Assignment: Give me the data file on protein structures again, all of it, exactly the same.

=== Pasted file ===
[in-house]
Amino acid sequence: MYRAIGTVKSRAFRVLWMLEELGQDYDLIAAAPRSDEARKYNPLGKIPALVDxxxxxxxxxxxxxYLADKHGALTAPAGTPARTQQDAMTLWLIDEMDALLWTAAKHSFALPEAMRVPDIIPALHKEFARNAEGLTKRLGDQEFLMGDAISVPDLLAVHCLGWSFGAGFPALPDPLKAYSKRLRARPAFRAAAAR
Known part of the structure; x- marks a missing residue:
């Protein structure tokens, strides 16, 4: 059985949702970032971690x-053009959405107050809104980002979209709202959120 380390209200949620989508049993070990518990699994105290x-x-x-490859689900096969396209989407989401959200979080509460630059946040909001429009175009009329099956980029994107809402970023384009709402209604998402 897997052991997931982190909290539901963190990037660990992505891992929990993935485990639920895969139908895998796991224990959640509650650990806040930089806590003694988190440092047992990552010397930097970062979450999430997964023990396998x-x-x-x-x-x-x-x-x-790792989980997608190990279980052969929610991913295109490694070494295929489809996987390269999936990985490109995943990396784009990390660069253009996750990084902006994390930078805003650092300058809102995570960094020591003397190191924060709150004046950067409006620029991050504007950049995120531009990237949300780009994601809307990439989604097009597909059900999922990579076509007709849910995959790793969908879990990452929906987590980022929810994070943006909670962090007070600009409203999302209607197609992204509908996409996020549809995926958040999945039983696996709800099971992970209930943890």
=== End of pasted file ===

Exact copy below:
[in-house]
Amino acid sequence: MYRAIGTVKSRAFRVLWMLEELGQDYDLIAAAPRSDEARKYNPLGKIPALVDxxxxxxxxxxxxxYLADKHGALTAPAGTPARTQQDAMTLWLIDEMDALLWTAAKHSFALPEAMRVPDIIPALHKEFARNAEGLTKRLGDQEFLMGDAISVPDLLAVHCLGWSFGAGFPALPDPLKAYSKRLRARPAFRAAAAR
Known part of the structure; x- marks a missing residue:
């Protein structure tokens, strides 16, 4: 059985949702970032971690x-053009959405107050809104980002979209709202959120 380390209200949620989508049993070990518990699994105290x-x-x-490859689900096969396209989407989401959200979080509460630059946040909001429009175009009329099956980029994107809402970023384009709402209604998402 897997052991997931982190909290539901963190990037660990992505891992929990993935485990639920895969139908895998796991224990959640509650650990806040930089806590003694988190440092047992990552010397930097970062979450999430997964023990396998x-x-x-x-x-x-x-x-x-790792989980997608190990279980052969929610991913295109490694070494295929489809996987390269999936990985490109995943990396784009990390660069253009996750990084902006994390930078805003650092300058809102995570960094020591003397190191924060709150004046950067409006620029991050504007950049995120531009990237949300780009994601809307990439989604097009597909059900999922990579076509007709849910995959790793969908879990990452929906987590980022929810994070943006909670962090007070600009409203999302209607197609992204509908996409996020549809995926958040999945039983696996709800099971992970209930943890």